And then I had pie, hot chocolate, and orange juice for breakfast.  I'm sure my insulin is going, would you please give us a break so we can get organized? But by the time I got around to dinner last night, I had simply given up, and it made no sense to un-give up this morning. 

Rather than telling you what happened in chronological order, which might make some sense, I'm going to tell you in the order that happens in my head, because that better explains why I had to give up.  And be forewarned, this is not for the feint of heart.

At about 3:30 yesterday, Captain America calls me in a fit of hysteria to tell me he's been stung by a stingray.  Which is apparently just about the most painful thing that can happen to you, aside from maybe having your face chewed off by a rabid squirrel.  I don't know.  Maybe we'll try that next.  So I ask where he is, and he says he's driving home, but that he's having a hard time concentrating.  I say, okay, pull over, I'll come get you, and he says he's in a ton of pain.  We continue this rather useless conversation for about five minutes (it was probably  more like 30 seconds, but whatever), and finally he says, I need you to look up what to do for them.  Aha!  We come to the reason he's calling.  So I do a quick google search and learn that you're supposed the soak the appendage in water as hot as you can stand, which we already knew.  So I call him back to find out if I need to cancel my facial appointment this evening, and I can hear from the frantic way he goes about explaining that he'll call me in 10 minutes that he's on the brink of making Very Bad Decisions.

I'm not sure if you know what I'm talking about, and maybe this sort of thing doesn't happen in less dramatic marriages, but my husband gets this tone where I know that panic/frenzy/endorphins/something takes over, and he's about to start making Very Bad Decisions.  So I take matters into my own hands, cancel my appointment, and come home from work...

To find my husband moaning in agony on the couch.  At least he took a bath/shower first.  And two percocets.  There's water heating on the stove and I pour it into a tub. To soak his foot.  Which looks like this:

But he said that the water was too hot, so I brought him a cup of ice, but in his impatience, he dumped all of it in, so I filled a tea pot with hot water for him, but by this time the bin was full, so we started this process all over again.  I informed Voracious T that at least we were making good use of the tea cozy she gave us.

I didn't actually take that picture, but it's the same tea cozy I have.  I'm not sure if I should be delighted or disturbed that there's more than one.
So after an hour or so of the water being too, too, too hot, I informed Captain America that he was to leave me alone for an hour so I could log back into work and any emergencies he came up with he was going to have to sort out himself.  This worked out pretty well for about 45 minutes until he decided that he couldn't handle the amount of blood in the water anymore.  I have to admit, it was totally gross.  And it smelled.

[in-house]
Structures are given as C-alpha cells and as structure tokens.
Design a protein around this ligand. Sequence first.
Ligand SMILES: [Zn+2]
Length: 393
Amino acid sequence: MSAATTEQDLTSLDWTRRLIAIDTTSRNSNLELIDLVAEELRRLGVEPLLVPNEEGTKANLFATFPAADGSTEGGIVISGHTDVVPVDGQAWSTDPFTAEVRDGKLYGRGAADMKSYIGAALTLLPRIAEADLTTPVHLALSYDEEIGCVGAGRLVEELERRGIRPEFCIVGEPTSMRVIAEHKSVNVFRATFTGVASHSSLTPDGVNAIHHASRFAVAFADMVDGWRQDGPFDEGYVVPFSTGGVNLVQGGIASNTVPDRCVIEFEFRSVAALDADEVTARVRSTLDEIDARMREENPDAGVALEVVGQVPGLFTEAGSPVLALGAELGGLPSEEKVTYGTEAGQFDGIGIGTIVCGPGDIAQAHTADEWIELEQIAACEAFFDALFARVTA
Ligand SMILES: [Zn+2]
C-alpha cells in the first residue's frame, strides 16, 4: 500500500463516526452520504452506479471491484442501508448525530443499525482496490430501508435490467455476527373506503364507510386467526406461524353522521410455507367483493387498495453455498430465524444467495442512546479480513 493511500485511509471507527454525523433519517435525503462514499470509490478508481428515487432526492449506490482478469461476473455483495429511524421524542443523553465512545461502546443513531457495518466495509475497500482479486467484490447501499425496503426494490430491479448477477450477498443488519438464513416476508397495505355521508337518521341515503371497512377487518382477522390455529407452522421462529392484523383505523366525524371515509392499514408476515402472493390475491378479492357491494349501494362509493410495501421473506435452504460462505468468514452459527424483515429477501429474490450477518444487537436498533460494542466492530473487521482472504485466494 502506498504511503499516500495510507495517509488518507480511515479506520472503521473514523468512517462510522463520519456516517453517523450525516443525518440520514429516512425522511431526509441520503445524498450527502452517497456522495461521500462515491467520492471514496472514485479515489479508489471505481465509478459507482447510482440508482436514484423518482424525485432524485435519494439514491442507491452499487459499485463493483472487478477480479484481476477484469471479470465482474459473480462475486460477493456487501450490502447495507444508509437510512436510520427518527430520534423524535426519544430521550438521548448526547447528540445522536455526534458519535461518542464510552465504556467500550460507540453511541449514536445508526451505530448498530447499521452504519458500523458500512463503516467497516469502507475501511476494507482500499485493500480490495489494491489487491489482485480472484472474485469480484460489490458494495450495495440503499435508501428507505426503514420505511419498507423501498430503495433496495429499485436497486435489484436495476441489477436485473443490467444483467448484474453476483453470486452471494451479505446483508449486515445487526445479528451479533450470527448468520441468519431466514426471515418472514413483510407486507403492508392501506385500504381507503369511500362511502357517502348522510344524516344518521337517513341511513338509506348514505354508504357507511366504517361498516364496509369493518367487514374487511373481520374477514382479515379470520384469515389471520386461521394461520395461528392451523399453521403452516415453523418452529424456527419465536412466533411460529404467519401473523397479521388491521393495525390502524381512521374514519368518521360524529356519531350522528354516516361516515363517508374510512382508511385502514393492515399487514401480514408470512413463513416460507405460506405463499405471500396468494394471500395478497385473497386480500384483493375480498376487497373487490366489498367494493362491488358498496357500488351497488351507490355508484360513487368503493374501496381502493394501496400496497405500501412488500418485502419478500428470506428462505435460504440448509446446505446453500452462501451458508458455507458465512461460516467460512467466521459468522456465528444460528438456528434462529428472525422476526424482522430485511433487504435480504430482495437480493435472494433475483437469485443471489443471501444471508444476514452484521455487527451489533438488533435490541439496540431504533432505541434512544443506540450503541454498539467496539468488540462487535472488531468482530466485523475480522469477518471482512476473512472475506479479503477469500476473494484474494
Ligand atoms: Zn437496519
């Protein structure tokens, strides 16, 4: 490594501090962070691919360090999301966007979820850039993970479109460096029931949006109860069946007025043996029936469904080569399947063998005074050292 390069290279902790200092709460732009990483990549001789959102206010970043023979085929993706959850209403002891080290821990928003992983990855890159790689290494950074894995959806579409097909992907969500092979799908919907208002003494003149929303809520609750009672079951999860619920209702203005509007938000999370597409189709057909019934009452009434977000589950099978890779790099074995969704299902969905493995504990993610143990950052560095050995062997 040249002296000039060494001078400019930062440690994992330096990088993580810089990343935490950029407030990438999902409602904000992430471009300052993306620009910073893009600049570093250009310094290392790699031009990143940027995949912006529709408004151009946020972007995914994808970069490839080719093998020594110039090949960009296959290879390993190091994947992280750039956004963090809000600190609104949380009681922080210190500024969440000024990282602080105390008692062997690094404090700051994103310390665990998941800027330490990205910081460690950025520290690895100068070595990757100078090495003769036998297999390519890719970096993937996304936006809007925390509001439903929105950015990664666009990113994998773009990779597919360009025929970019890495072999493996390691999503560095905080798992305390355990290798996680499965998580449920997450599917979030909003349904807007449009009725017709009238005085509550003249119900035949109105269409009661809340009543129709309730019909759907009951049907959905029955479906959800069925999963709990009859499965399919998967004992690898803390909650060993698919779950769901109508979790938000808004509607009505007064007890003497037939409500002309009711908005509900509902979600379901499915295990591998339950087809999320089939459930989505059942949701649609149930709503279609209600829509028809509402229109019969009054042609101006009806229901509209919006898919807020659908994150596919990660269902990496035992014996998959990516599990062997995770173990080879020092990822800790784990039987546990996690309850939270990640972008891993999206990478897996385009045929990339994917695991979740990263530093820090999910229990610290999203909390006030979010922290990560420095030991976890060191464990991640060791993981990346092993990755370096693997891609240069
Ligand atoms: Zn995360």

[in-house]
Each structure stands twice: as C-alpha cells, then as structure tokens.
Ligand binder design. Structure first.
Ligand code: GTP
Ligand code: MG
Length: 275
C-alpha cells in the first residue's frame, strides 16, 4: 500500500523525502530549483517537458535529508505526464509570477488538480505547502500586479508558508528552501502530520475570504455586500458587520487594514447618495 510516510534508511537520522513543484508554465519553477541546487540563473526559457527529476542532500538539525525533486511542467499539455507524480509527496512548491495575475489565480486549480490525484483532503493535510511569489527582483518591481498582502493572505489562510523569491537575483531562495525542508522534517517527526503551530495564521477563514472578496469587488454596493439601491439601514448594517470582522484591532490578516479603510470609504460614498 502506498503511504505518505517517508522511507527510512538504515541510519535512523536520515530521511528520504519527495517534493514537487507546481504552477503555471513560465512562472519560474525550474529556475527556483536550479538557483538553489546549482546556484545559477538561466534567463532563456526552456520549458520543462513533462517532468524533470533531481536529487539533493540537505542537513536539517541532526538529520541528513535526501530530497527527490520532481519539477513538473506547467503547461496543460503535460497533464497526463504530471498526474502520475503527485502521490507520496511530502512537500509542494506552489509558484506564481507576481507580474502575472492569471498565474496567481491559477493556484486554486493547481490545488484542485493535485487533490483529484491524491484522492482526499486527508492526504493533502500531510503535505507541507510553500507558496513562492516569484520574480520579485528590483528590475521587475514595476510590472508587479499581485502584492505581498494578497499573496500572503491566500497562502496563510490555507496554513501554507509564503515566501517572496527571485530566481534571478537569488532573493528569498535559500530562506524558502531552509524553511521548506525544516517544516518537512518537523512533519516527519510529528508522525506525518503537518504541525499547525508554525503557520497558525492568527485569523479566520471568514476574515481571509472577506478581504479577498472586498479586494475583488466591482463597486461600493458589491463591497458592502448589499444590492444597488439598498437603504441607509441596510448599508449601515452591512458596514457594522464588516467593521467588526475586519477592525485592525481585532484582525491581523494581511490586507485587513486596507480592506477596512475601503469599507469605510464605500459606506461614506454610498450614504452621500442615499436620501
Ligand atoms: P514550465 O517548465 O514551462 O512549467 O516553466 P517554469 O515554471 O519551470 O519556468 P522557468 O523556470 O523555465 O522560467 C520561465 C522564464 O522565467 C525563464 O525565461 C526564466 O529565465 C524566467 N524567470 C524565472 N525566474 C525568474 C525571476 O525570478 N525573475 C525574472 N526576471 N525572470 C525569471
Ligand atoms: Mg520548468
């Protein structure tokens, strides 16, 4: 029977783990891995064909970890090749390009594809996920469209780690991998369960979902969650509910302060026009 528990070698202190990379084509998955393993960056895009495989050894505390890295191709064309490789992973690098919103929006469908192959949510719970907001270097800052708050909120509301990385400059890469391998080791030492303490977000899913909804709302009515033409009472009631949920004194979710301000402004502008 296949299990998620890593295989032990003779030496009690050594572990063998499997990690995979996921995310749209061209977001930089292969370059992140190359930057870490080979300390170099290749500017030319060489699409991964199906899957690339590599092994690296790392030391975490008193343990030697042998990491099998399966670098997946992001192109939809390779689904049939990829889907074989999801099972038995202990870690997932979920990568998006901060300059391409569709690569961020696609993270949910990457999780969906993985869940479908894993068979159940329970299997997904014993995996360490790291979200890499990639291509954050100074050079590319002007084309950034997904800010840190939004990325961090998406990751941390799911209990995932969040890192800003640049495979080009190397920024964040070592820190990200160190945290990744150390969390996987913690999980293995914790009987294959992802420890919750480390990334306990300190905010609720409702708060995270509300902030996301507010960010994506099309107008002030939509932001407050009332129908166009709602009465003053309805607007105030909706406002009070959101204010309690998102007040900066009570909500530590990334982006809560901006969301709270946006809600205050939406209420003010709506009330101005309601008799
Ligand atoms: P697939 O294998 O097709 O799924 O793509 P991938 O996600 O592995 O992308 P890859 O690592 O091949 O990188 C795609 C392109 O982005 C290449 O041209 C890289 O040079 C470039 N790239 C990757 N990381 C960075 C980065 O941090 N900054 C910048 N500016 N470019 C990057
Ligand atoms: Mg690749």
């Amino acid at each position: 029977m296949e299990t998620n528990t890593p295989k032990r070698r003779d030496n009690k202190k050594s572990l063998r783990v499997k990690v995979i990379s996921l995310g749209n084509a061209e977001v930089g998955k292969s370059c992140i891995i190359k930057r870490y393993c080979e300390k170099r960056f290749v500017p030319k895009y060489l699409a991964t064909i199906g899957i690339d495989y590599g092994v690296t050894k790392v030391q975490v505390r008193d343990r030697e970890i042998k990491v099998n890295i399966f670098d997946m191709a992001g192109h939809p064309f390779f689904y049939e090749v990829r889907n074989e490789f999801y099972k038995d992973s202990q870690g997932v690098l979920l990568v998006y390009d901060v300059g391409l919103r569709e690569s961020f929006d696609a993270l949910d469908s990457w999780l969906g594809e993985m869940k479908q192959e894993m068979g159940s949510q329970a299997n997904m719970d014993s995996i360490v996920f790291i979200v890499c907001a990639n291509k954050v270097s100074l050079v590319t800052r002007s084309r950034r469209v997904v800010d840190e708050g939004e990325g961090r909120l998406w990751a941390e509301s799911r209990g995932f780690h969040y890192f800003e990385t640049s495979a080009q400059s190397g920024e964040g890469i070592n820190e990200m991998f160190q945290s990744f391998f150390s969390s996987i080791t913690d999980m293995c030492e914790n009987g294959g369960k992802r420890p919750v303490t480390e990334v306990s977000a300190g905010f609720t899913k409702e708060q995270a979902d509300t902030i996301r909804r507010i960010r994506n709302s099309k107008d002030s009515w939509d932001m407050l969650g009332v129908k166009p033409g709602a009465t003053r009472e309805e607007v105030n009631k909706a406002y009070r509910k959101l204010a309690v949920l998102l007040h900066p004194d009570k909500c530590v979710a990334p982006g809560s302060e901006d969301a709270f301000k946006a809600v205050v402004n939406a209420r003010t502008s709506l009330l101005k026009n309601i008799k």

So I bandaged up his foot, made him elevate it, dumped out the bloody water, washed the rest of the blood off of his foot, and lit a candle.  All was moving along in relative success until Captain America got up to pee.  He looked down at the bathroom floor and noticed he was bleeding all over it.  I had him sit on the toilet lid, I rebandaged his foot, I checked the carpet for blood (fortunately all of the bleeding was done in the bathroom), and sent him back to the sofa.  We decided at this point that his wound might be beyond my nursing capabilities, and while I didn't think the blood loss was going to kill him, it was a little disturbing that it was still bleeding steadily.  And it was making me truly nauseous. 

So we decided to go to the urgent care clinic.  Captain America hobbled out to the garage (I have no idea why he decided that this was the logical exit point).  He asked me to grab his sandals from the top shelf, so I picked a pair of tevas.  Those were the wrong ones.  So I dropped them on the floor and pulled down his brown flip-flops.  And probably some other shoes as well.  The top shelf is just about the limit of my arm-stretch, so there wasn't a lot I could do about the mess I was making.  And I was at the point where I didn't care anymore.  (When I'm trying to do something useful, like get you to a doctor, and you're doing something annoying, like being picky about your shoes, well, this really does nothing to improve my attitude about the situation).

We get to urgent care, which is, thankfully, not busy.  However a couple of people did manage to come in who were determined more urgent than we were, so we actually had to wait a while to see the doctor.  I suggested to Captain America that I could rip off his bandage so he'd bleed all over the place.  He seemed to think waiting was a better choice. 

Our concerns were primarily that there was still part of the barb in the wound, which we couldn't see because it wouldn't stop bleeding, that it might cause an infection, and that the bleeding wouldn't stop.  In that order.  The doctor admitted that he had never actually see a stingray barb before (I don't fault him for this), so I googled it on my phone, and this is what I found: